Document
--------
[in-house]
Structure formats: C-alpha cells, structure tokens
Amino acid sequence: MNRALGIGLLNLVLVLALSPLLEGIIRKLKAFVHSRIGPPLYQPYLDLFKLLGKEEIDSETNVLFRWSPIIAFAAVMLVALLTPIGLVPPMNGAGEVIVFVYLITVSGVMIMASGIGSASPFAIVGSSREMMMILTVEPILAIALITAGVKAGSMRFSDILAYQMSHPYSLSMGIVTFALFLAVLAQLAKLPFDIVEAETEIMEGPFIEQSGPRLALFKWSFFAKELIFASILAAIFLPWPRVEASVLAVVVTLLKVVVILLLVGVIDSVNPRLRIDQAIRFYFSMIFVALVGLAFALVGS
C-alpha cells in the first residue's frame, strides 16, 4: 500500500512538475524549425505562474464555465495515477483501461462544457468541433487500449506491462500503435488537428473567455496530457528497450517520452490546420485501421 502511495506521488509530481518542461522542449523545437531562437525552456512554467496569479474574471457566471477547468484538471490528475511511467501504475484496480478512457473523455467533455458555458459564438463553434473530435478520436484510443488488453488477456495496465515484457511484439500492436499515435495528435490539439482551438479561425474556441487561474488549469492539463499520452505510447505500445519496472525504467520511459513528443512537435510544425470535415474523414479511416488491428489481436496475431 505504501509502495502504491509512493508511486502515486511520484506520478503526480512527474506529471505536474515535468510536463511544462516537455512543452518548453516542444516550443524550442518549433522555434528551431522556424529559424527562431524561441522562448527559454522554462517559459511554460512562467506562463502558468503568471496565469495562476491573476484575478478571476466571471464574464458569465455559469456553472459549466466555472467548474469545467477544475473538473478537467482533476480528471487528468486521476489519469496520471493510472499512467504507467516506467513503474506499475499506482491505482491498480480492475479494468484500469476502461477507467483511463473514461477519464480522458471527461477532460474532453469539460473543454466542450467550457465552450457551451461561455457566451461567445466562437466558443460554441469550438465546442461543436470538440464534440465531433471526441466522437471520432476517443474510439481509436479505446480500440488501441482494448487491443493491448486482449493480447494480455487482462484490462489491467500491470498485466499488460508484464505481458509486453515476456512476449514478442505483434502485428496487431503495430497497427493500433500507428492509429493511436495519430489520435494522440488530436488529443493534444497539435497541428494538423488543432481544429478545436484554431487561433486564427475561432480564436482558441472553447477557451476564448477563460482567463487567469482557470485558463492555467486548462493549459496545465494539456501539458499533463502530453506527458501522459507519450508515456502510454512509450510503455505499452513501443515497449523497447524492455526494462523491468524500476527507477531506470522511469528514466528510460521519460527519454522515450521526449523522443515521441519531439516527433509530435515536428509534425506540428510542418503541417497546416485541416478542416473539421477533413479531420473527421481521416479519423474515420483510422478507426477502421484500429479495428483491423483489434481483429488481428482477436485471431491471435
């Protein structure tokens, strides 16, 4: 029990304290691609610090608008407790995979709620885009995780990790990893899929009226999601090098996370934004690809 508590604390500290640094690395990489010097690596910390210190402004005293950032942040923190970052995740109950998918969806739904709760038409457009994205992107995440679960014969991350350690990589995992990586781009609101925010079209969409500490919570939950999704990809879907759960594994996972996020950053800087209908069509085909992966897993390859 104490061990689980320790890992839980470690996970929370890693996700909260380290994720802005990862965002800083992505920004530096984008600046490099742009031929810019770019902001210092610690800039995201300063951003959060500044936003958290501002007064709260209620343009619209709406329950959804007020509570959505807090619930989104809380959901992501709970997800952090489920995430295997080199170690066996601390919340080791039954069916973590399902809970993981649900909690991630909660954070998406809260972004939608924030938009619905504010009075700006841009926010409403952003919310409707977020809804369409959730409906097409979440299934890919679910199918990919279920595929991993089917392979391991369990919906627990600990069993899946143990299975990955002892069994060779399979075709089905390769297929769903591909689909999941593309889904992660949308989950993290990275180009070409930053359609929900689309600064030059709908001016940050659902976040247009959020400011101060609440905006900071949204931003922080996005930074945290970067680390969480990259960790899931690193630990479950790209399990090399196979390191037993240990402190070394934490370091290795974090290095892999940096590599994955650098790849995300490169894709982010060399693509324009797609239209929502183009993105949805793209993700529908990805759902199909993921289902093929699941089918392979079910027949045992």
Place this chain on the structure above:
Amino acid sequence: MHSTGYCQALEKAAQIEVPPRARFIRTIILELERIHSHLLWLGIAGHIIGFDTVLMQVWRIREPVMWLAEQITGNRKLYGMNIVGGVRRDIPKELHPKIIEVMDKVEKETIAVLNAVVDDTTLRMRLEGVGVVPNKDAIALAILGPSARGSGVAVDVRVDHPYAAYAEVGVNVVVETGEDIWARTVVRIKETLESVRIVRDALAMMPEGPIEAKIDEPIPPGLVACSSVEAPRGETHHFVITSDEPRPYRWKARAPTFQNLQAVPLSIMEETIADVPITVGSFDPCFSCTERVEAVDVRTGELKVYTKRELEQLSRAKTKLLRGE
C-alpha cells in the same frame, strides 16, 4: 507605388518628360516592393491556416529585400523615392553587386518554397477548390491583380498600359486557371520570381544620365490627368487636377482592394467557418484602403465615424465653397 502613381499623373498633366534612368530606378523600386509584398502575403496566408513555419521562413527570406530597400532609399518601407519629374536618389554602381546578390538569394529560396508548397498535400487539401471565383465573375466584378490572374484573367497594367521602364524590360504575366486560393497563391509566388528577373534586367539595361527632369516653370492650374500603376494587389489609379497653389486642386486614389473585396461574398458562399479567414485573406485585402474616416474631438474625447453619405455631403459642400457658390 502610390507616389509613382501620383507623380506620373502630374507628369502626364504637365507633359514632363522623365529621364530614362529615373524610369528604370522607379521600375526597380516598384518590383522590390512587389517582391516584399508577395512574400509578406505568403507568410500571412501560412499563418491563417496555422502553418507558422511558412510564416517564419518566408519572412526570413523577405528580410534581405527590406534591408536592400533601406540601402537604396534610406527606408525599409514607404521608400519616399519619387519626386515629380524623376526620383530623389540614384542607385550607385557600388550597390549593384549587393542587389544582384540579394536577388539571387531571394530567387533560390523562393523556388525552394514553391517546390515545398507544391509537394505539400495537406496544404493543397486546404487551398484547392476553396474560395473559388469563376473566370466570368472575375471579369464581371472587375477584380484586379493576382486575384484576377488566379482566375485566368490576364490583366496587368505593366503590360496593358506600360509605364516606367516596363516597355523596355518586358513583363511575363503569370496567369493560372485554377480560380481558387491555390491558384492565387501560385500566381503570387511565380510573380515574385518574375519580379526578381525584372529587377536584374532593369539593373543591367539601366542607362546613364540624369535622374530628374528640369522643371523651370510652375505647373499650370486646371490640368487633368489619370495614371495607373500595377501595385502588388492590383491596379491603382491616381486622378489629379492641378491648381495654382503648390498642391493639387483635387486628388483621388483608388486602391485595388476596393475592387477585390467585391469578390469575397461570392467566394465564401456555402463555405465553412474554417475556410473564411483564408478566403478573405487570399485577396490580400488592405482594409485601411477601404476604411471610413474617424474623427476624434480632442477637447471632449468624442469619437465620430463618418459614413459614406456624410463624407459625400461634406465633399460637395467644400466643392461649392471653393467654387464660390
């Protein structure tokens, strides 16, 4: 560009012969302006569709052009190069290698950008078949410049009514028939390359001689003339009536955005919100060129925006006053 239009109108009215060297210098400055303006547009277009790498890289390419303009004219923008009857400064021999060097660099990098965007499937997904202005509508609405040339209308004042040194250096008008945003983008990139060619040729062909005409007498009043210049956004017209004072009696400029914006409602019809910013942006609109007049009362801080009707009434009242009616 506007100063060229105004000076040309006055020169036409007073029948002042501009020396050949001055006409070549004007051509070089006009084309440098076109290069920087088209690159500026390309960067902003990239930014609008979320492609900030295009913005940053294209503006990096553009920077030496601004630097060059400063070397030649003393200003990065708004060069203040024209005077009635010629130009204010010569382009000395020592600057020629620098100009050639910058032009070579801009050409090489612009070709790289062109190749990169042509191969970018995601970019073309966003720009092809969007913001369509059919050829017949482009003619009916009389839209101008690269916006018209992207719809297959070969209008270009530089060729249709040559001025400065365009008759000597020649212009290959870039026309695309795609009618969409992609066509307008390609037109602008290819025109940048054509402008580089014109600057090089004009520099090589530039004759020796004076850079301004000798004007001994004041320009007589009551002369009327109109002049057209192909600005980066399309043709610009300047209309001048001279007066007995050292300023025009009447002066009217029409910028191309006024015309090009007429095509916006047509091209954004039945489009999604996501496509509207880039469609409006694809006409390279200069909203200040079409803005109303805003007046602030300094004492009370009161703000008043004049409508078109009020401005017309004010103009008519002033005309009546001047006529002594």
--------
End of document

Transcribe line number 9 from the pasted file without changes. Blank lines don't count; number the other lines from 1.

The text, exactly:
């Protein structure tokens, strides 16, 4: 560009012969302006569709052009190069290698950008078949410049009514028939390359001689003339009536955005919100060129925006006053 239009109108009215060297210098400055303006547009277009790498890289390419303009004219923008009857400064021999060097660099990098965007499937997904202005509508609405040339209308004042040194250096008008945003983008990139060619040729062909005409007498009043210049956004017209004072009696400029914006409602019809910013942006609109007049009362801080009707009434009242009616 506007100063060229105004000076040309006055020169036409007073029948002042501009020396050949001055006409070549004007051509070089006009084309440098076109290069920087088209690159500026390309960067902003990239930014609008979320492609900030295009913005940053294209503006990096553009920077030496601004630097060059400063070397030649003393200003990065708004060069203040024209005077009635010629130009204010010569382009000395020592600057020629620098100009050639910058032009070579801009050409090489612009070709790289062109190749990169042509191969970018995601970019073309966003720009092809969007913001369509059919050829017949482009003619009916009389839209101008690269916006018209992207719809297959070969209008270009530089060729249709040559001025400065365009008759000597020649212009290959870039026309695309795609009618969409992609066509307008390609037109602008290819025109940048054509402008580089014109600057090089004009520099090589530039004759020796004076850079301004000798004007001994004041320009007589009551002369009327109109002049057209192909600005980066399309043709610009300047209309001048001279007066007995050292300023025009009447002066009217029409910028191309006024015309090009007429095509916006047509091209954004039945489009999604996501496509509207880039469609409006694809006409390279200069909203200040079409803005109303805003007046602030300094004492009370009161703000008043004049409508078109009020401005017309004010103009008519002033005309009546001047006529002594």